"KILDARE, a county of Ireland, province of Leinster, 37 m. long and 20 broad; bounded E by Dublin and Wicklow, W by King's county and Queen's county, N be E. Meath, and S by Catherlough, and containing 593 English acres, divided into 100 parishes. It sends 2 members to parliament. Principal rivers, the Liffey, Barrow, and Boyne. It is a very fertile county. Kildare is the capital, but the asssizes are held alternately at Athy and Naas. Pop 107,715."
[From The New London Gazetteer (1826)]
"COUNTY KILDARE, an inland county in the province of Leinster, Ireland. It lies between 52° 50' and 63° 25' N. lat., and between 6° 27' and 7° 10' W. long. It is 40 miles in length from N. to S., and 27 in breadth from E. to W. Its boundaries are county Meath on the N., counties Dublin and Wicklow on the E., county Carlow on the S., and Queen's County, King's County, and Westmeath on the W. It covers an area of 653 square miles, or 418,436 acres, of which 356,787 are arable lands, 51,854 are not cultivated, 8,288 are in plantation, 1,017 are under water, and 490 are occupied by the sites of towns. The general character of the surface is flat. The principal rising grounds are the Rathcoole hills, which form the western skirts of the Dublin mountains. At the S. end of the Bog of Allen are the Red Hill, Dunmurry Hill, Grange Hill, and the hill of Allen. S. of this point the surface maintains an unbroken level till it reaches the spurs of the Wicklow mountains on the S.E., which divide the southern part of the county into two parts, on the E. declining to the river Liffey, and on the W. to the Barrow. N. of the Dunmurry range a portion of the great Bog of Allen extends over some 36,000 acres....More"
[Description from The National Gazetteer of Great Britain and Ireland (1868) Transcribed by Colin Hinson ©2018]
"KILDARE, a county, of the province of Leinster, bounded on the east by the counties of Dublin and Wicklow, on the north by Meath, on the west by the King's and Queen's counties, and on the south by Carlow. It extends from 52° 51' to 53° 26' (N. Lat.)} and from 6° 30' to 7° 12' (W. Lon.); and comprises an area, according to the Ordnance survey, of 392,435 acres, of which 325,988 are cultivated ground, and 66,447 are unprofitable mountain and bog. The population, in 1821, amounted to 99,065, and in 1831, to 108,424....More"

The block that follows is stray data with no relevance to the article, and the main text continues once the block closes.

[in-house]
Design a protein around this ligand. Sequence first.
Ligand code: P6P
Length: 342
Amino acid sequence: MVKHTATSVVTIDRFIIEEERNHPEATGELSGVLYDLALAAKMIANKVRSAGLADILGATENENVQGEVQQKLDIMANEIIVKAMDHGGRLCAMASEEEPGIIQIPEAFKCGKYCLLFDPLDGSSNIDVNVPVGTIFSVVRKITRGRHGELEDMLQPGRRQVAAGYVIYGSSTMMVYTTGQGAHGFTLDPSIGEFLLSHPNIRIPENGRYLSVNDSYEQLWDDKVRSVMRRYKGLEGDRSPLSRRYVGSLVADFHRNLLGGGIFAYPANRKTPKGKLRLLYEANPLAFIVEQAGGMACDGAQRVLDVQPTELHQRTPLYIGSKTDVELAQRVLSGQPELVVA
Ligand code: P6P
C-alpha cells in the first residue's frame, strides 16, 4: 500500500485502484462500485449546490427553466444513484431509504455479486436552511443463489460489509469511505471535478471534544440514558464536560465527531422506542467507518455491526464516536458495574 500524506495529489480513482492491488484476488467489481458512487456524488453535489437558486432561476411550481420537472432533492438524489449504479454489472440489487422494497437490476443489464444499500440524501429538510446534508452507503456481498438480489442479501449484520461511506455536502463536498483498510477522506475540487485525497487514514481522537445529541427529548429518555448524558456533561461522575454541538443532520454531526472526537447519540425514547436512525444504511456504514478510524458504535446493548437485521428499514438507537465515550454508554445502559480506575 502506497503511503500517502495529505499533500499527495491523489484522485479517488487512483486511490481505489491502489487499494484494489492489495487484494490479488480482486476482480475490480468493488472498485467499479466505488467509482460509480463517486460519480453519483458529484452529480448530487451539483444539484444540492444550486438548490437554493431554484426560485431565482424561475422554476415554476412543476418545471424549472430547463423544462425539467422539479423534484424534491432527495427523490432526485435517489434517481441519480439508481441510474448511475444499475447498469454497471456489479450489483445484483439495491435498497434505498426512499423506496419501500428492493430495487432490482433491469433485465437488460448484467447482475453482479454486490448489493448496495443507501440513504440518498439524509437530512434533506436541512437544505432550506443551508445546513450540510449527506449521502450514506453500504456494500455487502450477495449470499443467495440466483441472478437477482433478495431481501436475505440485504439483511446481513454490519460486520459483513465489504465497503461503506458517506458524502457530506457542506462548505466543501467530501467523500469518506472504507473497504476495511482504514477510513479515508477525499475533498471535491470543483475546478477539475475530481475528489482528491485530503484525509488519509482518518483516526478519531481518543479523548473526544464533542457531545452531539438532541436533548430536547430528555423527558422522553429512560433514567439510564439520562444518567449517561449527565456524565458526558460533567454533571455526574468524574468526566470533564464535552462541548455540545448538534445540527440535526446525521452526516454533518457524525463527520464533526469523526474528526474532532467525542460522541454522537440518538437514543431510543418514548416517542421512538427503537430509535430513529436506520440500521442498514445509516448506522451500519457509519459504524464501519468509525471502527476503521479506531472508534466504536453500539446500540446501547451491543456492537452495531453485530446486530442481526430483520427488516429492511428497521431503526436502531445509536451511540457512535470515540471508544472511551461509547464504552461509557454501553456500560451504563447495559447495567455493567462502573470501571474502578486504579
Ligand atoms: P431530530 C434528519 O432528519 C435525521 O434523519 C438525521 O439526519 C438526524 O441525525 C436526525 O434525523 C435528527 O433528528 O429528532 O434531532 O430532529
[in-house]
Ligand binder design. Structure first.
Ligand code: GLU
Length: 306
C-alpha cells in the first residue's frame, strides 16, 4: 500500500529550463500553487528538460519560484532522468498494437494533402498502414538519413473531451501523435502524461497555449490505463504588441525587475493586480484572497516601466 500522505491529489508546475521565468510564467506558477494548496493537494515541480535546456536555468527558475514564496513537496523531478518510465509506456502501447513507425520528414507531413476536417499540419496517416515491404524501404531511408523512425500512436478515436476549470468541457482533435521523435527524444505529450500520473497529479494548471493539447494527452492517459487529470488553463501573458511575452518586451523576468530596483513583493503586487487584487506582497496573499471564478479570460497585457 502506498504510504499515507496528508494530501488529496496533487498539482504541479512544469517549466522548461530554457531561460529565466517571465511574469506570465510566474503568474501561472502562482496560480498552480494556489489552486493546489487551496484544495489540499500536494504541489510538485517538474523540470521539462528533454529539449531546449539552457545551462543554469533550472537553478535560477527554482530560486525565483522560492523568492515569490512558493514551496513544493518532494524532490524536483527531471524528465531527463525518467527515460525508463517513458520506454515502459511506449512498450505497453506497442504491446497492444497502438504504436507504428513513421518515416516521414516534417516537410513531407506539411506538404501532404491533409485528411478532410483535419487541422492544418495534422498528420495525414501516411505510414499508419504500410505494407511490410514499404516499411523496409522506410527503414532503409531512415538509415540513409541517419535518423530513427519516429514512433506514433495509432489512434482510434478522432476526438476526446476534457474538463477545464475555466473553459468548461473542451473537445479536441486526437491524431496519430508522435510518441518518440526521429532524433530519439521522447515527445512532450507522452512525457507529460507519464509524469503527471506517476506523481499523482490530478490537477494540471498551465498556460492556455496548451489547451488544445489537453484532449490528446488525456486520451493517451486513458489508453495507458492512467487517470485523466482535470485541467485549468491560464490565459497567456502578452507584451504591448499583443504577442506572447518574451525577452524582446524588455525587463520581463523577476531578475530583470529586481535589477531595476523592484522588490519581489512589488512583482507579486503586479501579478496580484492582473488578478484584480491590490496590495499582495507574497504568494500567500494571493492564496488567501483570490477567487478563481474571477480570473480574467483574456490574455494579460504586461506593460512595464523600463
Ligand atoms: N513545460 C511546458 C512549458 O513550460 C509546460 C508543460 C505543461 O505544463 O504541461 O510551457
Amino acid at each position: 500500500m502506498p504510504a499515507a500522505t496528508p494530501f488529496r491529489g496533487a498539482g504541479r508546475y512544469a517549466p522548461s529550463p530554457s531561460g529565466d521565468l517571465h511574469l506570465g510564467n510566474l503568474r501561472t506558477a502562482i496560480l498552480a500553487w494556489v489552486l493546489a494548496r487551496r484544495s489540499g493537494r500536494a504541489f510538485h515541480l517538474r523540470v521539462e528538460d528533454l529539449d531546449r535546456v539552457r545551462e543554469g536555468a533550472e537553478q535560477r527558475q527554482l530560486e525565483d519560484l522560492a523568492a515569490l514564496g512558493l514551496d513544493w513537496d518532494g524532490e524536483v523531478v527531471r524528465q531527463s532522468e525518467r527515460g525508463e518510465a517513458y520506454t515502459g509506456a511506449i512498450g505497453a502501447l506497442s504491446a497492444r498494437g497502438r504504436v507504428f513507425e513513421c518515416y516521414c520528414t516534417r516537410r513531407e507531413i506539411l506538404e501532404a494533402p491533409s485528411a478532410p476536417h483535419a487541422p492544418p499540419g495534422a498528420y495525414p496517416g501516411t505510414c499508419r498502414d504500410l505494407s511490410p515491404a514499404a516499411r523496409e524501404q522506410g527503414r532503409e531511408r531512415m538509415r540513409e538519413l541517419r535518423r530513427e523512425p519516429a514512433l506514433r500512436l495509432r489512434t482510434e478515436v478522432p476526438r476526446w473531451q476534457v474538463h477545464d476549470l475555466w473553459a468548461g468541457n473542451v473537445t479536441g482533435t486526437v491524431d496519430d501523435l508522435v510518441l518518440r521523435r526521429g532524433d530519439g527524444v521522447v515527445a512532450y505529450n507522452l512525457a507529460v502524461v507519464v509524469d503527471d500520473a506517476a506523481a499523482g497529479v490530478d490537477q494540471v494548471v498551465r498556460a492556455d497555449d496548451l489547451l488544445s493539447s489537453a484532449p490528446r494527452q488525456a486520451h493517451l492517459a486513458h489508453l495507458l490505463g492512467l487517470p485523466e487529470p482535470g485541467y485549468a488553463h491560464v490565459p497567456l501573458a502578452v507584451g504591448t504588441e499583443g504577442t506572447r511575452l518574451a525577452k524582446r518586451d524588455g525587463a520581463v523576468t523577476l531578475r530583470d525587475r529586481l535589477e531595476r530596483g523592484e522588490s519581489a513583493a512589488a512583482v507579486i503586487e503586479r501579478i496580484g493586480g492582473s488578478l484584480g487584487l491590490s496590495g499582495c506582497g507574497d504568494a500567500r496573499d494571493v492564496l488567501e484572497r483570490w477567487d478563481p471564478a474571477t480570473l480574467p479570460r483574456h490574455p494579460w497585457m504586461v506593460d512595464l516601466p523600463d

[Transcription from A Topographical Dictionary of Ireland - Samuel Lewis - 1837 Mel Lockie ©2013]
Kavanagh's Historical Bibliography of County Kildare - at Kildare County Council Library & Arts Service; Local Studies Dept
Primary Sources of Historical Information (original /reprint) - at Kildare County Council Library & Arts Service; Local Studies Dept
- Griffith’s Valuation, Tithe Applotment Books (copies), Lewis’s Topographical Dictionary, Trade Directories etc.
- Maps – Original 1837 OS Maps (and some later editions), Town Plans, Valuation Maps, Petty 1685 (facsimile), Noble and Keenan 1752 Map of Co. Kildare, Alex. Taylor’s 1783 Map of Co. Kildare etc.
- Red Book of the Earls of Kildare.
- The Civil Survey 1654 – 1656, Vol. VIII Co. Kildare.
- Drogheda Rentals 1875 and Jan. 1879-Jan. 1888 (Monasterevin).
- 1901 and 1911 Census on Microfilm.
- Ordnance Survey Letters for County Kildare.
- Local Folklore collection relating to South Kildare on audio tape and transcribed.
- Shackleton/Leadbeater collection – transcripts of original letters; also poems and books relating to these families and the Quaker village of Ballitore, mostly late 18 th - early 19 th century.
- Teresa Brayton Collection: poems, short stories, letters, photographs and memorabilia relating to Teresa Brayton, author of The Old Bog Road, 1868-1943.
- Verschoyle Papers: Mostly rentals, few loose sheets relating to Verschoyle estate in Co. Dublin and Co. Kildare mostly for the years 1841 – 1877 and 1897.
- Thomas Rawson’s ‘Statistical Survey of the County of Kildare…,’ 1807.
- Comerford’s, Collections of the Dioceses of Kildare and Leighlin,
- Brenan’s, Schools of Kildare and Leighlin, 1775 – 1835.
- 8 th Report of the commission of Irish Education, Maynooth Inquiry, 1827
- Maynooth Commission Report, 1855
- Quaker Relief, 2 vols.
- Correspondence of the Society of Friends Relief of Distress Papers for County Kildare.
- The Famine in Co. Kildare, 5 vols.
- (Vols. I – III, papers of the Relief Commission and the Chief Secretary’s Registered Papers, Convict Reference Files and Outrage Reports.